North Dakota House leader to retire, leaving Legislature with vacancies at the top

For the first time since 2003, the North Dakota House and Senate will both have new majority leaders going into a new session of the Legislature.

North Dakota Rep. Chet Pollert, R-Carrington, announces his retirement at a press conference on Monday, Jan. 10, 2022.
Jeremy Turley / Forum News Service

BISMARCK — North Dakota House Majority Leader Chet Pollert announced Monday, Jan. 10, that he plans to retire at the end of the year after more than two decades in the Legislature.

The Carrington Republican’s announcement comes several weeks after Senate Majority Leader Rich Wardner, R-Dickinson, told reporters he won’t pursue another term in 2022.

First elected in 1998, Pollert has served as the lower chamber’s leader since 2018.

Pollert, who recently sold his retail agriculture business, said retiring wasn't an easy choice, but it's the right move for him and his family. In retirement, he hopes to spend more time riding his motorcycle, traveling with family and playing golf.

The 66-year-old said House majority leader is the hardest job he's ever worked, joking that it felt like he needed a doctorate in human resources to uphold relationships. Pollert said he hopes he will be remembered for treating lawmakers from across the political spectrum with fairness and respect.


His time at the helm has been complicated by the COVID-19 pandemic and growing divisions within the state Republican Party, but he has advocated for talking through difficult issues and arriving at compromises.

After sexual harassment allegations against former GOP Rep. Luke Simons became public last year, Pollert led a charge to take the unprecedented action of ousting the Dickinson lawmaker from the chamber. The expulsion vote laid bare the cracks in the Republican ranks, and some of Simons’ allies on the far right edge of the party still hold a grudge against Pollert.

Last year, Pollert’s name appeared at the top of a massive $680 million infrastructure bonding bill that will help pay for flood prevention projects in Fargo and Minot, road repairs and renovations to North Dakota State University’s agriculture building. He also supported putting $150 million of federal funds toward a trans-state gas pipeline during the November special session.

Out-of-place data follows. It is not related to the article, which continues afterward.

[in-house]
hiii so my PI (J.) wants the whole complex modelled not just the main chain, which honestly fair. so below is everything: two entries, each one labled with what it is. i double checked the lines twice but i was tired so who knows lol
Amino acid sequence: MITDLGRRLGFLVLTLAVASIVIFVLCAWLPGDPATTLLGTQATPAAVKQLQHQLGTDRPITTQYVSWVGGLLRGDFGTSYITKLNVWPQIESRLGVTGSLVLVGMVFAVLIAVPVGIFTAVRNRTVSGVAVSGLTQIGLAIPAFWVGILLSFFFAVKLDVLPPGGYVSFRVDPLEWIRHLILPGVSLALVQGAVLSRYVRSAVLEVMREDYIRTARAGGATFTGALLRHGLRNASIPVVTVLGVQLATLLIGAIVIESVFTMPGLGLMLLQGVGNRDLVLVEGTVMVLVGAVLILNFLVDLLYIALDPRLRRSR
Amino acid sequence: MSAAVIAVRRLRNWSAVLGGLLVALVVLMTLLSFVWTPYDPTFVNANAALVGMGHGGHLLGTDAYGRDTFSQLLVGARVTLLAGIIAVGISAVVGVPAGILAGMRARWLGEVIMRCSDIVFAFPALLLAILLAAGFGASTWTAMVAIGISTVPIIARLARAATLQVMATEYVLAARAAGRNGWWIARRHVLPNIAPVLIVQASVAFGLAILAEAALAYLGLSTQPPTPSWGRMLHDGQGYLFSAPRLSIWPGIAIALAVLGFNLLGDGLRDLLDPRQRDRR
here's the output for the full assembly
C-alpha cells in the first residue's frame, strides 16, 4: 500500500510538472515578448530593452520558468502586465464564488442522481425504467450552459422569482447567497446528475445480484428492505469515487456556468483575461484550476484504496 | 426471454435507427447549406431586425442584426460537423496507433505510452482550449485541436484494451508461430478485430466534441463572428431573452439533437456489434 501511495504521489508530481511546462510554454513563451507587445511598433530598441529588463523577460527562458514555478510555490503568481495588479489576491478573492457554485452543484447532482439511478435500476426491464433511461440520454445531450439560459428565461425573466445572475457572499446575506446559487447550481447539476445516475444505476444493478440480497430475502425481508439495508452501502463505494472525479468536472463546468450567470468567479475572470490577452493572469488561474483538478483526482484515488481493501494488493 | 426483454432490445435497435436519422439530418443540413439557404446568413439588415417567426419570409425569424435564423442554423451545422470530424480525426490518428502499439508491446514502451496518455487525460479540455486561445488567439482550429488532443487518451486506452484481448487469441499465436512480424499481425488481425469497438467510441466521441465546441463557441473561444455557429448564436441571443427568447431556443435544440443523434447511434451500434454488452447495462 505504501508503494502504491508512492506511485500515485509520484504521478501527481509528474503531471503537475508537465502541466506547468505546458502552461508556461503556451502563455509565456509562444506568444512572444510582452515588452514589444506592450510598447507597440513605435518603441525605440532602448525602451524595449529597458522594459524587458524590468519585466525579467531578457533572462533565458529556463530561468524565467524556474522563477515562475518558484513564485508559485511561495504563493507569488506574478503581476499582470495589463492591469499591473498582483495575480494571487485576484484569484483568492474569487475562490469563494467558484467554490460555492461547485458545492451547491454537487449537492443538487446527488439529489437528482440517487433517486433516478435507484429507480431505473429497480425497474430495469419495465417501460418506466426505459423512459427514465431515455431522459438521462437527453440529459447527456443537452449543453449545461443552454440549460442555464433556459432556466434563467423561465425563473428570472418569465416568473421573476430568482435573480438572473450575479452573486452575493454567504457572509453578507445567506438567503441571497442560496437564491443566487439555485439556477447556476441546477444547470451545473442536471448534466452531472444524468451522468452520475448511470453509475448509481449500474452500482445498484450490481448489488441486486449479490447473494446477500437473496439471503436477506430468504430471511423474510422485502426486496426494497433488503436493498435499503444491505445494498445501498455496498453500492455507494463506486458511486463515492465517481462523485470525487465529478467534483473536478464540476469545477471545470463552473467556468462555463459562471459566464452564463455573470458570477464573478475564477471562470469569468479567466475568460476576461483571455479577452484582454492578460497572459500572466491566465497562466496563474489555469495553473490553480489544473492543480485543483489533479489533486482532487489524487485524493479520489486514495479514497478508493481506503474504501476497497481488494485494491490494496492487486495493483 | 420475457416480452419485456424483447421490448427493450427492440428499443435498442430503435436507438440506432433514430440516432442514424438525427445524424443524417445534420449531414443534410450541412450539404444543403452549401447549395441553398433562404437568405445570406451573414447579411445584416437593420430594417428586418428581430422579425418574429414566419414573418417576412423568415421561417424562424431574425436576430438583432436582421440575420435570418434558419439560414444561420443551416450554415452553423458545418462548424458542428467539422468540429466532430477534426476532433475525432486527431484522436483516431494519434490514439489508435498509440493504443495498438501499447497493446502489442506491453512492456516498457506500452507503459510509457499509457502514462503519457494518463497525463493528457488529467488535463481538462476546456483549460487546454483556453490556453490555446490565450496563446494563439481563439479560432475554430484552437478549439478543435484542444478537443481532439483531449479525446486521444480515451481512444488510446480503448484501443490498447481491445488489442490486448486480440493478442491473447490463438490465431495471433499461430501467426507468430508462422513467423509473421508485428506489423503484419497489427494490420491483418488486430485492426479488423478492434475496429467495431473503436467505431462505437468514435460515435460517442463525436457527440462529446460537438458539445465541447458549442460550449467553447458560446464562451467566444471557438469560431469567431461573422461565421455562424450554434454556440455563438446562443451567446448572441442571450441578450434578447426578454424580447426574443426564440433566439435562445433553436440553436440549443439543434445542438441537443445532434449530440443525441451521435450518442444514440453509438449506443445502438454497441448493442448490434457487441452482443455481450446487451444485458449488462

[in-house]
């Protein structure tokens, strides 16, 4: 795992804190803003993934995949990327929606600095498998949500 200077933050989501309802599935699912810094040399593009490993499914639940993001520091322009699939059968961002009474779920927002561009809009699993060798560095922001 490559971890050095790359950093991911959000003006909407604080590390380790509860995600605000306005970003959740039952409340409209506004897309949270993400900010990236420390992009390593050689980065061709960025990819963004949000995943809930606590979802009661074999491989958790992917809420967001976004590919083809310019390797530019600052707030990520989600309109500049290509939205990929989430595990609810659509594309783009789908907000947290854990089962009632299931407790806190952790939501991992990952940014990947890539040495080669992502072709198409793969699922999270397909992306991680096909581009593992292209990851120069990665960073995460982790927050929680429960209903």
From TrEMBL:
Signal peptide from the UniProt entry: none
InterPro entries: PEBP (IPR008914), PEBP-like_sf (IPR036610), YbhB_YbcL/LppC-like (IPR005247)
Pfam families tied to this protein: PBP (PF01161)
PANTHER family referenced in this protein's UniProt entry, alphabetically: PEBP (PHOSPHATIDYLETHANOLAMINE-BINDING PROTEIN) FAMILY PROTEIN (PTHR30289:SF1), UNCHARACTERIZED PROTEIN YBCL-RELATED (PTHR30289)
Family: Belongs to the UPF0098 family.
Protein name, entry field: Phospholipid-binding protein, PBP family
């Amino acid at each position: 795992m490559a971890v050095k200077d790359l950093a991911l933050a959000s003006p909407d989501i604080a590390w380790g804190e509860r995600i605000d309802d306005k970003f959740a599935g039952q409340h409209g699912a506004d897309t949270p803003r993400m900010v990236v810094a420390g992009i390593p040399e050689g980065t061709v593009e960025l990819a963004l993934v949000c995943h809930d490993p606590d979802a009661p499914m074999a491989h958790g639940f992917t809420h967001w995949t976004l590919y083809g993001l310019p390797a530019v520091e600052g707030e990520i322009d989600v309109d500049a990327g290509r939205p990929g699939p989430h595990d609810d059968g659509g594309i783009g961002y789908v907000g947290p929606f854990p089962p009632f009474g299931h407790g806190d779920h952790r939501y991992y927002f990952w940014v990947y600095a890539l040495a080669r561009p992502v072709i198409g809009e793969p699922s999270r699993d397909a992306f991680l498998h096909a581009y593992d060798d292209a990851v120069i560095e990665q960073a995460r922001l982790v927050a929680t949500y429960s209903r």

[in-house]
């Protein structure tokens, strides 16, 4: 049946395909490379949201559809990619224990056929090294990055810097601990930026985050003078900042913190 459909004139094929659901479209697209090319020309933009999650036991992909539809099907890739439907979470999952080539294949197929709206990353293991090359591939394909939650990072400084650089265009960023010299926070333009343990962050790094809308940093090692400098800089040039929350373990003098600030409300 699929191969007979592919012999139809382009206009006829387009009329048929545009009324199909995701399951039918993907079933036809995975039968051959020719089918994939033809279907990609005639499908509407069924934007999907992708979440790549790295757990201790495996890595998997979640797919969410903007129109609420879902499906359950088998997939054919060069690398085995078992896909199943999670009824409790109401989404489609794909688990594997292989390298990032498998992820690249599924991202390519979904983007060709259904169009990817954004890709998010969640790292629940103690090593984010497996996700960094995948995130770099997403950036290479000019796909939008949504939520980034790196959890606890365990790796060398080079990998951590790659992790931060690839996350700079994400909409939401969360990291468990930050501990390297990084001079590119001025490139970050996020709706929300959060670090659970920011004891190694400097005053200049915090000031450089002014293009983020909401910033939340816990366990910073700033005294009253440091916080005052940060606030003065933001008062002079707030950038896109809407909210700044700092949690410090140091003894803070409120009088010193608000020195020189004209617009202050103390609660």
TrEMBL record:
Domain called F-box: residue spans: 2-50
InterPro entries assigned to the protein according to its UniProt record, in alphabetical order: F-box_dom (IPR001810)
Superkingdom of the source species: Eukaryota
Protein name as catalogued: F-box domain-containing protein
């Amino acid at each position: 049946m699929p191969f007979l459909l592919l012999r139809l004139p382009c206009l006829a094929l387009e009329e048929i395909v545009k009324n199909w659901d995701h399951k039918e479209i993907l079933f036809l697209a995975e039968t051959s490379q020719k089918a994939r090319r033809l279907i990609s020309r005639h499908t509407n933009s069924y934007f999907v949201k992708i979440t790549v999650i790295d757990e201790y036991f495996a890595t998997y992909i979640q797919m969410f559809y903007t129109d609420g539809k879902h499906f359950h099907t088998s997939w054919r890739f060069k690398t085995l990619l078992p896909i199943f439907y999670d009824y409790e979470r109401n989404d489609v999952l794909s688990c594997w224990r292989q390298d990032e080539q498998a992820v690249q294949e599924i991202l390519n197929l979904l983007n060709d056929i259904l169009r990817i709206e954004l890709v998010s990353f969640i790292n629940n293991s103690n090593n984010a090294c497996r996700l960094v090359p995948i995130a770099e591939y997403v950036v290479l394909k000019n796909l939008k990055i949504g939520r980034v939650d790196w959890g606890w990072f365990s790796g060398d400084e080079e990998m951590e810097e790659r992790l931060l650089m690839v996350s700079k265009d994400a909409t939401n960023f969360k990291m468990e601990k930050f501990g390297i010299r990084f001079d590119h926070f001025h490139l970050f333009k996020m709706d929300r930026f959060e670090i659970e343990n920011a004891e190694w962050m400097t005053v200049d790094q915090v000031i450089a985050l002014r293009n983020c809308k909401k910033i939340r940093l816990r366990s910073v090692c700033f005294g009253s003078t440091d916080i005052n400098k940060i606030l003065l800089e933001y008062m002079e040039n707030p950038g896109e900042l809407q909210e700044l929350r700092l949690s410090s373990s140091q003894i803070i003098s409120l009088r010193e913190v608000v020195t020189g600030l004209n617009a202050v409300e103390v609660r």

For the first time since 2003, the North Dakota House and Senate will both have new majority leaders going into a new session of the Legislature. Replacing Pollert and Wardner, who have more than 50 years of combined legislative experience, will serve as a political barometer for Republicans after the November election.

Senate Minority Leader Joan Heckaman, D-New Rockford, is also retiring at the end of her term.

Wardner said he wanted Pollert to stick around for another term because filling multiple leadership roles is a tough challenge, though he expressed confidence Republicans would find the right lawmakers to step in. The Senate leader spoke highly of his House counterpart, saying the two had built a relationship on communication, respect and trust that helped guide the Legislature through a tumultuous time.

House Minority Leader Josh Boschee, D-Fargo, said he considers Pollert a friend who listened to his concerns even when the two didn't agree. Boschee, the only leader from either party seeking reelection, said he hopes Republicans will select lawmakers who focus on North Dakotans' needs rather than national headlines when filling the holes left by Pollert and Wardner.

Republican Gov. Doug Burgum said Pollert served as a strong advocate for the agriculture and business communities while championing important investments in infrastructure and education. Burgum added that Pollert's "principled approach to challenging issues and his lack of gamesmanship have earned him the respect of his colleagues."

Jeremy Turley is a Bismarck-based reporter for Forum News Service, which provides news coverage to publications owned by Forum Communications Company.
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